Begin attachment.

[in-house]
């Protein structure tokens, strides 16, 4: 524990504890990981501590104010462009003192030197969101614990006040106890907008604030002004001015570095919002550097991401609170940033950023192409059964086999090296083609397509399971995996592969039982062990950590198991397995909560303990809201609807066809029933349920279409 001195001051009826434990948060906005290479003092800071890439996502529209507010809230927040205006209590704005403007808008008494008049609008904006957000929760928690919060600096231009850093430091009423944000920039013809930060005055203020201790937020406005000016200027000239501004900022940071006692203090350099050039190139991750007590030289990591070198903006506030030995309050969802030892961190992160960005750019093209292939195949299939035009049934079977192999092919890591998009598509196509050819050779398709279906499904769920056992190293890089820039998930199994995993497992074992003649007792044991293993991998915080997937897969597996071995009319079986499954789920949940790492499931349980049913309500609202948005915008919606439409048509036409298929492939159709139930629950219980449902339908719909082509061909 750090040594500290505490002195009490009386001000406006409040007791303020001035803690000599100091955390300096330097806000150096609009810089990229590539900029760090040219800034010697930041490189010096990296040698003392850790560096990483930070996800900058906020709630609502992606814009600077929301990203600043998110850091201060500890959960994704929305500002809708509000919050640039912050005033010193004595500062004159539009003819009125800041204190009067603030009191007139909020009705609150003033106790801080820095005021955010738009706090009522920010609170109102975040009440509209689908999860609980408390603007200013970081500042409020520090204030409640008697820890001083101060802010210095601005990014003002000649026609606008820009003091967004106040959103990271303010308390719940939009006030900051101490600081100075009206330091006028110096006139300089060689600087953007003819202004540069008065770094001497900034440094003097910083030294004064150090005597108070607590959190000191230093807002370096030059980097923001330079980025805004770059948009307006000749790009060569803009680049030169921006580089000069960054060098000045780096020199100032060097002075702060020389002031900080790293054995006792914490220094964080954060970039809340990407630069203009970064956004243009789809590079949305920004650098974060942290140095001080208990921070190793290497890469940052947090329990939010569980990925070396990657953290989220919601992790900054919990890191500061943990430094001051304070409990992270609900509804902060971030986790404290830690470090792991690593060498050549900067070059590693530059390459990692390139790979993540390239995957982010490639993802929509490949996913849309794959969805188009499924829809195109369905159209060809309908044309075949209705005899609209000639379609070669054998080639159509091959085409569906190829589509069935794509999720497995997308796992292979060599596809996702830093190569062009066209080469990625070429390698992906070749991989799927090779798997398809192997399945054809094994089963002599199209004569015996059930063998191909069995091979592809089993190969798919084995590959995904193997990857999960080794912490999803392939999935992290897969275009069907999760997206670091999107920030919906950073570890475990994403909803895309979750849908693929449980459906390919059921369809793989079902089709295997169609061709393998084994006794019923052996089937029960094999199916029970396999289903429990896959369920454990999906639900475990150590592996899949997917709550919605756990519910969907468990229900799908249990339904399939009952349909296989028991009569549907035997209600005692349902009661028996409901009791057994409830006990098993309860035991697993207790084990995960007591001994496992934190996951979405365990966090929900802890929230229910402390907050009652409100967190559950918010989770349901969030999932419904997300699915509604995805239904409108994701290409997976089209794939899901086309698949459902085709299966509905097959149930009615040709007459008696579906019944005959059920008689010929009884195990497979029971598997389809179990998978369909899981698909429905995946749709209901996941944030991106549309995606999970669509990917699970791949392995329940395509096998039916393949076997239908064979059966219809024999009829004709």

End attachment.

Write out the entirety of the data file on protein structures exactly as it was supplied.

[in-house]
């Protein structure tokens, strides 16, 4: 524990504890990981501590104010462009003192030197969101614990006040106890907008604030002004001015570095919002550097991401609170940033950023192409059964086999090296083609397509399971995996592969039982062990950590198991397995909560303990809201609807066809029933349920279409 001195001051009826434990948060906005290479003092800071890439996502529209507010809230927040205006209590704005403007808008008494008049609008904006957000929760928690919060600096231009850093430091009423944000920039013809930060005055203020201790937020406005000016200027000239501004900022940071006692203090350099050039190139991750007590030289990591070198903006506030030995309050969802030892961190992160960005750019093209292939195949299939035009049934079977192999092919890591998009598509196509050819050779398709279906499904769920056992190293890089820039998930199994995993497992074992003649007792044991293993991998915080997937897969597996071995009319079986499954789920949940790492499931349980049913309500609202948005915008919606439409048509036409298929492939159709139930629950219980449902339908719909082509061909 750090040594500290505490002195009490009386001000406006409040007791303020001035803690000599100091955390300096330097806000150096609009810089990229590539900029760090040219800034010697930041490189010096990296040698003392850790560096990483930070996800900058906020709630609502992606814009600077929301990203600043998110850091201060500890959960994704929305500002809708509000919050640039912050005033010193004595500062004159539009003819009125800041204190009067603030009191007139909020009705609150003033106790801080820095005021955010738009706090009522920010609170109102975040009440509209689908999860609980408390603007200013970081500042409020520090204030409640008697820890001083101060802010210095601005990014003002000649026609606008820009003091967004106040959103990271303010308390719940939009006030900051101490600081100075009206330091006028110096006139300089060689600087953007003819202004540069008065770094001497900034440094003097910083030294004064150090005597108070607590959190000191230093807002370096030059980097923001330079980025805004770059948009307006000749790009060569803009680049030169921006580089000069960054060098000045780096020199100032060097002075702060020389002031900080790293054995006792914490220094964080954060970039809340990407630069203009970064956004243009789809590079949305920004650098974060942290140095001080208990921070190793290497890469940052947090329990939010569980990925070396990657953290989220919601992790900054919990890191500061943990430094001051304070409990992270609900509804902060971030986790404290830690470090792991690593060498050549900067070059590693530059390459990692390139790979993540390239995957982010490639993802929509490949996913849309794959969805188009499924829809195109369905159209060809309908044309075949209705005899609209000639379609070669054998080639159509091959085409569906190829589509069935794509999720497995997308796992292979060599596809996702830093190569062009066209080469990625070429390698992906070749991989799927090779798997398809192997399945054809094994089963002599199209004569015996059930063998191909069995091979592809089993190969798919084995590959995904193997990857999960080794912490999803392939999935992290897969275009069907999760997206670091999107920030919906950073570890475990994403909803895309979750849908693929449980459906390919059921369809793989079902089709295997169609061709393998084994006794019923052996089937029960094999199916029970396999289903429990896959369920454990999906639900475990150590592996899949997917709550919605756990519910969907468990229900799908249990339904399939009952349909296989028991009569549907035997209600005692349902009661028996409901009791057994409830006990098993309860035991697993207790084990995960007591001994496992934190996951979405365990966090929900802890929230229910402390907050009652409100967190559950918010989770349901969030999932419904997300699915509604995805239904409108994701290409997976089209794939899901086309698949459902085709299966509905097959149930009615040709007459008696579906019944005959059920008689010929009884195990497979029971598997389809179990998978369909899981698909429905995946749709209901996941944030991106549309995606999970669509990917699970791949392995329940395509096998039916393949076997239908064979059966219809024999009829004709």